In addition, as an asset management tool, smart devices comple-ment ‘intelligent buildings’ in which various systems are con- verged onto an IP platform. In some of these buildings, compre-hensive Facilities Management Systems (FMS) can track energy and utility usage down to the level of individual fixtures. How-ever, the sector has been slow to adopt new technologies, prefer-ring to invest in top-line growth via acquisition and developmentrather than seeing the wisdom in investing in technologies thatcan increase net operating income by reducing operating costs.According to the U.S. Green Building Council, less than 1% of buildings are considered high-performance. This number reflectsboth the real estate sector’s traditionally slow acceptance of new technologies as well as the potential for market growth as aware-ness of the business case for certain technologies becomes morerobust.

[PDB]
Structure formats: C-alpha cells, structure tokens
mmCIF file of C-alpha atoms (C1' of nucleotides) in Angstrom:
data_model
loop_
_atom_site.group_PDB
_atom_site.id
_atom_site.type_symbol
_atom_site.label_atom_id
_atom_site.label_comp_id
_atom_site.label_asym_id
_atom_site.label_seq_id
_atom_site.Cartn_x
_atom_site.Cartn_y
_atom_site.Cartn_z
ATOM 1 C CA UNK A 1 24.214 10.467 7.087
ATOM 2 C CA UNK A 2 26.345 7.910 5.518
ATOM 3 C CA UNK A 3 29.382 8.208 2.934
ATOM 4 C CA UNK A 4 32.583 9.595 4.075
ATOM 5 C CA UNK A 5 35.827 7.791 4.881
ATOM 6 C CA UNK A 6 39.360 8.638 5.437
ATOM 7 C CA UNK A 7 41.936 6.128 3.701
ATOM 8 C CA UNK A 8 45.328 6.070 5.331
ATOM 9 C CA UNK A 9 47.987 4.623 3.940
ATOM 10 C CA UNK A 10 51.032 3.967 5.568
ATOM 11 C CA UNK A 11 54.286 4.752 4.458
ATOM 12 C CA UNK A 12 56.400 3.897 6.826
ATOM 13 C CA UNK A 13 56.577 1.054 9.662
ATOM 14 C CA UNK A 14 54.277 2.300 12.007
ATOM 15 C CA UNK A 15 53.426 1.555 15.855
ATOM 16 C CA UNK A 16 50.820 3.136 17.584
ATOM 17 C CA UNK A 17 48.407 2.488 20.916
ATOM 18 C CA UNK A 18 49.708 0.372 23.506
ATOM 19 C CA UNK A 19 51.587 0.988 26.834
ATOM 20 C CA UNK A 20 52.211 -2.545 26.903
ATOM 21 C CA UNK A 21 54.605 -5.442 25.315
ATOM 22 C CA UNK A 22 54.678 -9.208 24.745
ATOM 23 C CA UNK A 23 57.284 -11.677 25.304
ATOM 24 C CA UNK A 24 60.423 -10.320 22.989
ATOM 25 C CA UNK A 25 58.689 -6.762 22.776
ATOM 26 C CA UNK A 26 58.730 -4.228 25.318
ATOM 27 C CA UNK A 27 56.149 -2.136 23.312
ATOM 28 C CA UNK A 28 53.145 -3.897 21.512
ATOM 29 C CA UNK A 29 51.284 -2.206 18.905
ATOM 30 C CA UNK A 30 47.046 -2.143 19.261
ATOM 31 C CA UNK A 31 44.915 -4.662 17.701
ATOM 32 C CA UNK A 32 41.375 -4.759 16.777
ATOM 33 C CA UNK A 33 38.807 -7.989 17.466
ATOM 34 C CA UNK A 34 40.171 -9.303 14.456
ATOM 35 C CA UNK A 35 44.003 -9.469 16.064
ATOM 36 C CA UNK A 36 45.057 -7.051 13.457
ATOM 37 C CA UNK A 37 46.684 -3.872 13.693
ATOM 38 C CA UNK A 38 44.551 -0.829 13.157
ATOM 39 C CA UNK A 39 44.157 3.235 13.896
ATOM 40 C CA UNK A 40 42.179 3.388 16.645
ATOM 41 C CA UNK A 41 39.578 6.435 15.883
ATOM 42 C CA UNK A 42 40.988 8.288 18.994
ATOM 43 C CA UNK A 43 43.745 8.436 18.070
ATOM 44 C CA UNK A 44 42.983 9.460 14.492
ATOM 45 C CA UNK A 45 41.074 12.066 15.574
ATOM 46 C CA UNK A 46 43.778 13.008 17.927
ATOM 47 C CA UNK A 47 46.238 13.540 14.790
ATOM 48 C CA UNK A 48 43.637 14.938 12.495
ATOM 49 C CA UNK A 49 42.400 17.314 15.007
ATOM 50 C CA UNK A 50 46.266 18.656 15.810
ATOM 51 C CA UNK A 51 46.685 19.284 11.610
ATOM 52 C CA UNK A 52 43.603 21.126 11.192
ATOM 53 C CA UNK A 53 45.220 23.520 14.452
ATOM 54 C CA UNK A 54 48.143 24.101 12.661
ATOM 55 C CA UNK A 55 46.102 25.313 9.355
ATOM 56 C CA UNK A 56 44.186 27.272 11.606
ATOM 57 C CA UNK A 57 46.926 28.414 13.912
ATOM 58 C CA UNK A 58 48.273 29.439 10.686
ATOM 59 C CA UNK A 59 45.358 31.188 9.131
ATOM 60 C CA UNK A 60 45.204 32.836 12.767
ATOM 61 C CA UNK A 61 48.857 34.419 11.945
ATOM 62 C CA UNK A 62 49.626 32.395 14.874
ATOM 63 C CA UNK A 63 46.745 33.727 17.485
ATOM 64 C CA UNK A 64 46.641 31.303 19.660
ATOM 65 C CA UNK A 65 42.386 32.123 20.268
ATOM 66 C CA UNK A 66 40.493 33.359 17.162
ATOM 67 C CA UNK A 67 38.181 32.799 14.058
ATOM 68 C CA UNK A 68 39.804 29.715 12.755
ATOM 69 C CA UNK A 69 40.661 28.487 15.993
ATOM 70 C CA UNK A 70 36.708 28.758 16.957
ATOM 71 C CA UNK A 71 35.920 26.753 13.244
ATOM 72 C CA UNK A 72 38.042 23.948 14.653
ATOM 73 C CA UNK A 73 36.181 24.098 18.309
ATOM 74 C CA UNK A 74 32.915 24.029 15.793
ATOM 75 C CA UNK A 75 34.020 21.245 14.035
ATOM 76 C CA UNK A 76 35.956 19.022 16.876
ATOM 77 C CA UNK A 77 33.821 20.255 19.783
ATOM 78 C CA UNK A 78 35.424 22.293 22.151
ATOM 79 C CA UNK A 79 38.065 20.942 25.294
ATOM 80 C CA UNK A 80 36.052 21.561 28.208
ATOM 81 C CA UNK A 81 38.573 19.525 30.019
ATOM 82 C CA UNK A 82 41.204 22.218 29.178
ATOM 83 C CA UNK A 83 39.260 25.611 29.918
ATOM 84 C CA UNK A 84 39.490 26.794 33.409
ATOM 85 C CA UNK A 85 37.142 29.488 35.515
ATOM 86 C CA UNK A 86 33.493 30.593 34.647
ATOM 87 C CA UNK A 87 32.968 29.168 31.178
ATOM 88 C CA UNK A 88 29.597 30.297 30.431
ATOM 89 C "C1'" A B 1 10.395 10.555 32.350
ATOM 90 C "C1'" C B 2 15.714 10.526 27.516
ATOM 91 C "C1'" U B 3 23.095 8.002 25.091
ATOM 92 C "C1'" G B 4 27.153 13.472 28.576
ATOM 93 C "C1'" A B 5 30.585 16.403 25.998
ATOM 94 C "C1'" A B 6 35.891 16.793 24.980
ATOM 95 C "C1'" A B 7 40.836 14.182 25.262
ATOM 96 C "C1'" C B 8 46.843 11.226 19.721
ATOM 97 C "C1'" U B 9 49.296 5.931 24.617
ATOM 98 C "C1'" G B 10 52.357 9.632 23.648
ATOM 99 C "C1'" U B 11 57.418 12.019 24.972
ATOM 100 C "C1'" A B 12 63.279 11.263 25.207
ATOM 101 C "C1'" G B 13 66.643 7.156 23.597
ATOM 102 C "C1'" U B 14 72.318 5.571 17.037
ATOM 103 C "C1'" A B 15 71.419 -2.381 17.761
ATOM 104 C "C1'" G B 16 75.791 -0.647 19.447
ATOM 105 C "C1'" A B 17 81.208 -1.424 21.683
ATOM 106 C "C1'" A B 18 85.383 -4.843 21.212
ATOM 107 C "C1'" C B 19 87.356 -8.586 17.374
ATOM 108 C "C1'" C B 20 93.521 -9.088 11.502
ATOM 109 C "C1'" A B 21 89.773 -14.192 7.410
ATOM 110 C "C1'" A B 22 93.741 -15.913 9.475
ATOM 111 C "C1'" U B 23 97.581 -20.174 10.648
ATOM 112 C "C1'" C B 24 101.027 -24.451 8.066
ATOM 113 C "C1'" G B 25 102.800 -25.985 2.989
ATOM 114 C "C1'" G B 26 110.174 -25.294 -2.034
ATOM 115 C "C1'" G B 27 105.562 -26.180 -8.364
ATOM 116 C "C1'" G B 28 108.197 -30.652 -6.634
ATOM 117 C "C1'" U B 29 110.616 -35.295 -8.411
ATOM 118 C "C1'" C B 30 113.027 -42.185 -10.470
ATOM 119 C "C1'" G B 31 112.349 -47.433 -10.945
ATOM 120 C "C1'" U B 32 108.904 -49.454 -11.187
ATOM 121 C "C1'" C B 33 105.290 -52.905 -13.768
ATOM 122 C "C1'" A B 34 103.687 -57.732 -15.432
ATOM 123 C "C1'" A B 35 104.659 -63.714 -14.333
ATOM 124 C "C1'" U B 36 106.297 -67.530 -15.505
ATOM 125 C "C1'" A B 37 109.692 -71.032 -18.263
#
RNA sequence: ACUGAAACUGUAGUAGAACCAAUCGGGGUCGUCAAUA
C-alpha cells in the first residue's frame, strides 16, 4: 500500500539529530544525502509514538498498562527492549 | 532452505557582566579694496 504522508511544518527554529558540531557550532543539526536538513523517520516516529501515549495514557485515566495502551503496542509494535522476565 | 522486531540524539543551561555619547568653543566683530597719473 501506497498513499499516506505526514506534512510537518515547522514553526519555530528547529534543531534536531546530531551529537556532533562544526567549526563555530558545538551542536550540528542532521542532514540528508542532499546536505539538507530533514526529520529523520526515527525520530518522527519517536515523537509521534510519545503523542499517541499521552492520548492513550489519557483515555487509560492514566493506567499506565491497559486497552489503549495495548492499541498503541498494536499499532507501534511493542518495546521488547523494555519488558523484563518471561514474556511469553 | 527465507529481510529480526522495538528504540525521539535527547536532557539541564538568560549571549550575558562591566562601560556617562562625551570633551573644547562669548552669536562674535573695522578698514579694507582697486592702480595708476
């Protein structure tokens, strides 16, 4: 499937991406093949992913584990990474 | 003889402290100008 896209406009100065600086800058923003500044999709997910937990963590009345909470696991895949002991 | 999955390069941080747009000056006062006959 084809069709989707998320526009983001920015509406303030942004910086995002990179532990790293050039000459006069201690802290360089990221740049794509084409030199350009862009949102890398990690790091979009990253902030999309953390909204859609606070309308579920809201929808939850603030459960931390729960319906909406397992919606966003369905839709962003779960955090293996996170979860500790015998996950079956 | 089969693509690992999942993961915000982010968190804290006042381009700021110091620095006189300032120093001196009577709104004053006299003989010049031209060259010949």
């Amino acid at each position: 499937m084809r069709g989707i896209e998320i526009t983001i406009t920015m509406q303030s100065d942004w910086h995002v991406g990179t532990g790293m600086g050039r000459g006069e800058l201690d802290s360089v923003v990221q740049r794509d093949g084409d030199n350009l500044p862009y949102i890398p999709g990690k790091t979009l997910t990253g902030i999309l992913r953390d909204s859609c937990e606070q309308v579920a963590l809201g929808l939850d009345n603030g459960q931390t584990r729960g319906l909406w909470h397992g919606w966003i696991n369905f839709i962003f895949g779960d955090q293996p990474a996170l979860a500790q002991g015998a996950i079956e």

Networked objects generatesignificant information trails
Embedding sensors and transmitters into objects allows themto sense and react to their environments. Embedded logic also
4 See also, Hammersmith’ s

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Nike+iPhone em- beds an accelerometer into a pair of sneakers, transforming sneakers into networked objects that create actionable information trails. Wow!